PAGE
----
Constructive, collaborative, contextual, and self-directed learning in surface anatomy education

Authors

  • Esther M. Bergman,

    Corresponding author
    1. Department of Educational Development and Research, School of Health Professions Education, Maastricht University, Maastricht, The Netherlands
    2. Department of Anatomy, Radboud University Medical Centre Nijmegen, Nijmegen, The Netherlands
    • Department of Anatomy, Radboud University Medical Centre Nijmegen, Huispost 109, PO Box 9101, Nijmegen 6500 HB, The Netherlands
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  • Judith M. Sieben,

    1. Department of Anatomy and Embryology, Faculty of Health, Medicine and Life Sciences, Maastricht University, Maastricht, The Netherlands
    2. Faculty of Health, Medicine and Life Sciences, School for Public Health and Primary Care (CAPHRI), Maastricht University, Maastricht, The Netherlands
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  • Ida Smailbegovic,

    1. Faculty of Health, Medicine and Life Sciences, Maastricht University, Maastricht, The Netherlands
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  • Anique B.H. de Bruin,

    1. Department of Educational Development and Research, School of Health Professions Education, Maastricht University, Maastricht, The Netherlands
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  • Albert J.J.A. Scherpbier,

    1. Faculty of Health, Medicine and Life Sciences, Institute of Medical Education (FHML), Maastricht University, Maastricht, The Netherlands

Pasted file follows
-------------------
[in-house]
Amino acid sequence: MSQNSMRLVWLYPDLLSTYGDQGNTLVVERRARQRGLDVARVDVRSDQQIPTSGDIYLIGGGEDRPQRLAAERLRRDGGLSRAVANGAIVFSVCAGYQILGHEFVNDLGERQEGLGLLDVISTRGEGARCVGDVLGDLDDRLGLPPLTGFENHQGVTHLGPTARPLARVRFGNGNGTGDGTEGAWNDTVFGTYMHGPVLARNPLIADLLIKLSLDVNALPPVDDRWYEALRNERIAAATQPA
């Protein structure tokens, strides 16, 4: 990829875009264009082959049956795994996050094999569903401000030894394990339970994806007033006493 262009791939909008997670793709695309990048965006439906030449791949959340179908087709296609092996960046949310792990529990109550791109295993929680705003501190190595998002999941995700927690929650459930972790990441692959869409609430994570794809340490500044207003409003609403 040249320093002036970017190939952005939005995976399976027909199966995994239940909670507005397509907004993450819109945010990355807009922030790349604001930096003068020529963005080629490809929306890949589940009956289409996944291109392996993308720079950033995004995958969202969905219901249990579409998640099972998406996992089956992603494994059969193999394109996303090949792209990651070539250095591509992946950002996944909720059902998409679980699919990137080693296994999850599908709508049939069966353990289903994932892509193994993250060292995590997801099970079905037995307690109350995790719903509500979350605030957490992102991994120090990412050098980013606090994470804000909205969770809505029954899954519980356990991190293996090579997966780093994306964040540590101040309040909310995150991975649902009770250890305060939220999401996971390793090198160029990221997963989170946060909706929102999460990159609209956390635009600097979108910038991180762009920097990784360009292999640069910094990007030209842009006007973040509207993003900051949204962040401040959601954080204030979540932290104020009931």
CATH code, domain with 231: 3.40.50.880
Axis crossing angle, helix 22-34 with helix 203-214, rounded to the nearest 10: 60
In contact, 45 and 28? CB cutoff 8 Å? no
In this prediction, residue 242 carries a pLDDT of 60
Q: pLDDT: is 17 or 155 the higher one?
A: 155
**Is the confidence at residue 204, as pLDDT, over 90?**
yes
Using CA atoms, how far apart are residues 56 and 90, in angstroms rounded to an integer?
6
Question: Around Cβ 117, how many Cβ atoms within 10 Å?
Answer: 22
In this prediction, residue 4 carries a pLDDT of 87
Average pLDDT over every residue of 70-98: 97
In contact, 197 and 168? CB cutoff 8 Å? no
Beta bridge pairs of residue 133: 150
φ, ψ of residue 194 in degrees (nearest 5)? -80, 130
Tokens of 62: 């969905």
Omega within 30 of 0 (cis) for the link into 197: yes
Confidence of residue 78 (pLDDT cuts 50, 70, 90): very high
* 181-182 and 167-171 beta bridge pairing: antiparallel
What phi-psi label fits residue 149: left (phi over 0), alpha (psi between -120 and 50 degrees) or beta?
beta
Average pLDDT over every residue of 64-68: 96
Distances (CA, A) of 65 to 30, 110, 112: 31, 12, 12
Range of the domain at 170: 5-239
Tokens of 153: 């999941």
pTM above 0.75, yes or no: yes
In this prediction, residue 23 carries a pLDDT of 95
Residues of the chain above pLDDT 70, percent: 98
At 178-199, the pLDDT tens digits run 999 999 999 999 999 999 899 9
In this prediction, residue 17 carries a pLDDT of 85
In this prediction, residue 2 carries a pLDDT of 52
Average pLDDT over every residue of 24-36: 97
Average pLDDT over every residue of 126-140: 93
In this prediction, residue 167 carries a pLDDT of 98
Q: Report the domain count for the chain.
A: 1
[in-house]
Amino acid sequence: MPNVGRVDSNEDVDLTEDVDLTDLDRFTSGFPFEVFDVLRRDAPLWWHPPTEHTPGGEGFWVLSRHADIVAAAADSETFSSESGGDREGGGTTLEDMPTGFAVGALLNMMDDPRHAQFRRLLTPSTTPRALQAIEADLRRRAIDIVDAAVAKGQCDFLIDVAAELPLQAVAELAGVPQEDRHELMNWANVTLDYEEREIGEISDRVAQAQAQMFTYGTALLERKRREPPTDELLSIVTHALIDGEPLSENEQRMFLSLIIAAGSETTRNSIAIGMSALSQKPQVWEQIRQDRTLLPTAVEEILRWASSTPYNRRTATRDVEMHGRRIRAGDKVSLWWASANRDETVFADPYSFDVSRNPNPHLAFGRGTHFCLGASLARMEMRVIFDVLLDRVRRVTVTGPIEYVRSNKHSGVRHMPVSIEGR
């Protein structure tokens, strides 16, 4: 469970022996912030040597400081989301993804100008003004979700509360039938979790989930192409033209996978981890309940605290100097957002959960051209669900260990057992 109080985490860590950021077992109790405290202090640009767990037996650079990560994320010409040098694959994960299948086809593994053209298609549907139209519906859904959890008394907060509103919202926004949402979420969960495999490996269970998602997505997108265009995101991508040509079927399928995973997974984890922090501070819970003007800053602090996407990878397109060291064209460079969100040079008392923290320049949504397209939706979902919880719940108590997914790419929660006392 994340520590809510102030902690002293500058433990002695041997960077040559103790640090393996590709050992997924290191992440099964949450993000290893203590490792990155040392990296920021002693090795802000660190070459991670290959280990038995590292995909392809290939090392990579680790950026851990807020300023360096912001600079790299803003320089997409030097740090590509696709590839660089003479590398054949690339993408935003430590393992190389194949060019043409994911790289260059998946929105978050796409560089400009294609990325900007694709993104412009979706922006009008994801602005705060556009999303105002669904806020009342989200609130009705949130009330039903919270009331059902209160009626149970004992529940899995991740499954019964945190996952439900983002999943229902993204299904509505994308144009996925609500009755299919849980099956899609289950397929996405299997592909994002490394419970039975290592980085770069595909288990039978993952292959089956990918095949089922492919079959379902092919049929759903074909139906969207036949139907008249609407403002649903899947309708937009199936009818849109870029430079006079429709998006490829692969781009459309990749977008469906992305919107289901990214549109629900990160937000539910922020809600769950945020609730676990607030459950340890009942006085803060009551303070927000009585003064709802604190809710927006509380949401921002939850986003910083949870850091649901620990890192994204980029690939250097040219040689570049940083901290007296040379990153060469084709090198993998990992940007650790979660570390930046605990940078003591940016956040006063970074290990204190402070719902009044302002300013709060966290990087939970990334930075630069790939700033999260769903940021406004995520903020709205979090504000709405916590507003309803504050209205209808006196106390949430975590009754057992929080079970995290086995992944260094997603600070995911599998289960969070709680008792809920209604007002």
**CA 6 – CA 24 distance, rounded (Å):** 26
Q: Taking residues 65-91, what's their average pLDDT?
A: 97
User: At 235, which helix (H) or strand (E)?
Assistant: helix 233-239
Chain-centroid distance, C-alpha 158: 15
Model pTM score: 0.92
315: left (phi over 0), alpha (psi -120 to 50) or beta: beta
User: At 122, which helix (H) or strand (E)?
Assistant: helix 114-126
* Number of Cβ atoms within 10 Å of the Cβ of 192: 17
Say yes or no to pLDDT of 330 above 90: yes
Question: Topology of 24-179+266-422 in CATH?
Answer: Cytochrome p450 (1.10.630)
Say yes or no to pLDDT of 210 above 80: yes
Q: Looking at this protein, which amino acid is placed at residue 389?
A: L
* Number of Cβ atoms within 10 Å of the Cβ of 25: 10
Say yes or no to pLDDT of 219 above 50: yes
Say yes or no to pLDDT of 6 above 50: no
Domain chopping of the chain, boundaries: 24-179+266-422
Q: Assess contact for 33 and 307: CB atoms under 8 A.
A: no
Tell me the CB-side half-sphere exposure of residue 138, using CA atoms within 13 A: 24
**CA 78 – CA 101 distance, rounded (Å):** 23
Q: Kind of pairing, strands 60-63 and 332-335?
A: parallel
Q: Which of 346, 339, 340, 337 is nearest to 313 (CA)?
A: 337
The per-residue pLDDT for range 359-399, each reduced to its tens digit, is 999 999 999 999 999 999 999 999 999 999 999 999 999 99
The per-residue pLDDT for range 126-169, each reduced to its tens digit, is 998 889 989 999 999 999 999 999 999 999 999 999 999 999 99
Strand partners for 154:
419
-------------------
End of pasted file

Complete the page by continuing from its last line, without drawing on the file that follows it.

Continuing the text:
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  • Cees P.M. van der Vleuten

    1. Department of Educational Development and Research, School of Health Professions Education, Maastricht University, Maastricht, The Netherlands
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Abstract

Anatomy education often consists of a combination of lectures and laboratory sessions, the latter frequently including surface anatomy. Studying surface anatomy enables students to elaborate on their knowledge of the cadaver's static anatomy by enabling the visualization of structures, especially those of the musculoskeletal system, move and function in a living human being. A recent development in teaching methods for surface anatomy is body painting, which several studies suggest increases both student motivation and knowledge acquisition. This article focuses on a teaching approach and is a translational contribution to existing literature. In line with best evidence medical education, the aim of this article is twofold: to briefly inform teachers about constructivist learning theory and elaborate on the principles of constructive, collaborative, contextual, and self-directed learning; and to provide teachers with an example of how to implement these learning principles to change the approach to teaching surface anatomy. Student evaluations of this new approach demonstrate that the application of these learning principles leads to higher student satisfaction. However, research suggests that even better results could be achieved by further adjustments in the application of contextual and self-directed learning principles. Successful implementation and guidance of peer physical examination is crucial for the described approach, but research shows that other options, like using life models, seem to work equally well. Future research on surface anatomy should focus on increasing the students' ability to apply anatomical knowledge and defining the setting in which certain teaching methods and approaches have a positive effect. Anat Sci Educ 6: 114–124. © 2012 American Association of Anatomists.

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